[LLVMdev] Is LLVM expressive enough to represent asynchronous exceptions?
eli.friedman at gmail.com
Mon Jun 13 15:17:42 PDT 2011
On Mon, Jun 13, 2011 at 2:56 PM, John McCall <rjmccall at apple.com> wrote:
> On Jun 13, 2011, at 2:23 PM, Andrew Trick wrote:
> On Jun 13, 2011, at 12:29 AM, John McCall wrote:
> On Jun 12, 2011, at 11:24 PM, Bill Wendling wrote:
> On Jun 12, 2011, at 4:40 PM, John McCall wrote:
> On Jun 12, 2011, at 2:14 PM, Cameron Zwarich wrote:
> On Jun 12, 2011, at 1:25 AM, Duncan Sands wrote:
> Hi Sohail,
> Is LLVM expressive enough to represent asynchronous exceptions?
> not currently. The first step in this direction is to get rid of the invoke
> instruction and attach exception handling information to basic blocks. See
> for a discussion.
> Is this really a good idea? Why have a control flow graph if it doesn't
> actually capture control flow? There are lots of compilers for languages
> with more pervasive exceptions that represent them explicitly, e.g. the
> Hotspot server compiler for Java or several ML compilers (where integer
> overflow throws an exception).
> You and Bill seem to be responding to a different question, namely "Is LLVM
> expressive enough to represent synchronous exceptions from non-call
> instructions?" This really has nothing to do with Sohail's question.
> Duncan is quite correct: the only reasonable representation for
> asynchronous exceptions is to attach EH information to basic blocks.
> Placing the EH information on the basic block has the same implications for
> the CFG for both questions.
> Let me make an analogy. We live in Germany. Sohail wants to drive to
> Spain. Duncan told him to go through France. You and Cameron are saying
> that the traffic in France is awful, and some friends who went to Italy
> didn't go through France. I am trying to point out that Italy is not Spain,
> even though they are both on the Mediterranean, and that you have to drive
> through France to get to Spain.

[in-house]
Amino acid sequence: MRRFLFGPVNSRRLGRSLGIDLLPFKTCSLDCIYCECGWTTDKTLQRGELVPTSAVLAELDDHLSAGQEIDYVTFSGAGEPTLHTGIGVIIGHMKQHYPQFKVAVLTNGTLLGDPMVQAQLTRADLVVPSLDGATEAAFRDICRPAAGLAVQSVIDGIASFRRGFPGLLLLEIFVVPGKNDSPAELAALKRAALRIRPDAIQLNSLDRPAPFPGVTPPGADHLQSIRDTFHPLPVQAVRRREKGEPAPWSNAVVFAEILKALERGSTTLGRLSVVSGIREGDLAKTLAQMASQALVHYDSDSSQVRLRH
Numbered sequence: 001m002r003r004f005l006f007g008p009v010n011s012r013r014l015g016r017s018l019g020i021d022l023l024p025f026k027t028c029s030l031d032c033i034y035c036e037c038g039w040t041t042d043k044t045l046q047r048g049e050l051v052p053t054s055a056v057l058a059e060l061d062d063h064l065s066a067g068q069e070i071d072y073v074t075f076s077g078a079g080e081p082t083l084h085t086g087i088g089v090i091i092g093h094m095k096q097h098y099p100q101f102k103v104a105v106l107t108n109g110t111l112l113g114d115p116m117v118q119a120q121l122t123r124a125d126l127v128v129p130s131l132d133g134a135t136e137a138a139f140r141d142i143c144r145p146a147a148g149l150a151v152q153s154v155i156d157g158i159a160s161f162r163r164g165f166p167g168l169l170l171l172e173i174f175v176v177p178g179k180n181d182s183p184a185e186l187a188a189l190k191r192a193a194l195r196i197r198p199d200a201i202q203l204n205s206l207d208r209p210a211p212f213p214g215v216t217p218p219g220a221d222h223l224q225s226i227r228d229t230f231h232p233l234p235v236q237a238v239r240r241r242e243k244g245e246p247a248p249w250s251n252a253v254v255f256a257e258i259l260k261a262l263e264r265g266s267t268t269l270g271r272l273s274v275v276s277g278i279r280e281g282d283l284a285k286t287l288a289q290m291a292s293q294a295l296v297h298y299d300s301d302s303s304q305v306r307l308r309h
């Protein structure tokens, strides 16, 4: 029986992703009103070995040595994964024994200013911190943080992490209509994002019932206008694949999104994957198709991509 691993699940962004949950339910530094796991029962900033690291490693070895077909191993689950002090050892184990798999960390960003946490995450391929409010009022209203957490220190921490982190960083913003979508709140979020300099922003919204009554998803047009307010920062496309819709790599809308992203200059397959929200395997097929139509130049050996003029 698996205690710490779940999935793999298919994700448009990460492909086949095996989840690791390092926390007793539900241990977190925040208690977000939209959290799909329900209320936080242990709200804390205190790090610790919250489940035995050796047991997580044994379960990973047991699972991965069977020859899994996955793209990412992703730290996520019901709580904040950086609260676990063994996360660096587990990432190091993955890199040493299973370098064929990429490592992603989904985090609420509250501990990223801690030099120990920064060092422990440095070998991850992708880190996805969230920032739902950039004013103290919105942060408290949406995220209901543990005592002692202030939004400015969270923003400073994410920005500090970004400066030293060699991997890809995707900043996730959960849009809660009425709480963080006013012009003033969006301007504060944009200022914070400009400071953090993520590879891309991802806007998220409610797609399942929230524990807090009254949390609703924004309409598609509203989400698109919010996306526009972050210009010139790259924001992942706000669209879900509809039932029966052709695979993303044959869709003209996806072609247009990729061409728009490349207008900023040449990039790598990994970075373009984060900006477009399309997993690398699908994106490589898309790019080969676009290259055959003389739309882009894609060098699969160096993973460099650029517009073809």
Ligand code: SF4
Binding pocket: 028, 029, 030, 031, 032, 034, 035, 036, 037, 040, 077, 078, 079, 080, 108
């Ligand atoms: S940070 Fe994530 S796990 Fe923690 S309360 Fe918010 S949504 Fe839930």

> There is really no alternative to putting EH edges on basic blocks if you're
> going to support preemptive asynchronous exceptions — some random multiply
> that gets hoisted out of a loop has to change exception handlers just in
> case that's where the PC lands during a signal. There isn't much point in
> complaining that doing so muddies the CFG, which is really just an inherent
> fact of handling asynchronous exceptions. That is not true for synchronous
> exceptions; you don't have to abandon the "internally throwing instructions
> are terminators" design at all, you just have to allow more things to be
> No. Duncan suggested that he could hitch a ride with us through France. The
> problem is, we're not driving to Spain at all and there doesn't appear to be
> any place to transfer.
> We have not yet reached a consensus to not go to Spain. I would be fine
> with that outcome, though.
> The point is, you're not going to be able to leverage most of a CFG-based
> optimizing compiler if don't use the CFG to express control flow.
> I don't understand the argument that "the CFG" has to be defined by "certain
> uses by terminator instructions". Unwind edges are inherently a different
> kind of edge because they proceed from within the execution of an
> instruction. Making the edge explicit on each possibly-throwing instruction
> makes it easier to demonstrate that transforms don't change exception
> behavior, in part by making it very awkward to write any transforms on
> "invoking" instructions at all. We don't care right now because all
> throwing instructions are calls and therefore generally optimization
> barriers, modulo inlining / partial inlining / specialization. But that's
> not true of loads and FP operations.
The thing I've never really quite understood with this whole
discussion of attaching an unwind edge to blocks is how this works
with SSA form... how do you write a PHI node that has multiple values
on a given edge?
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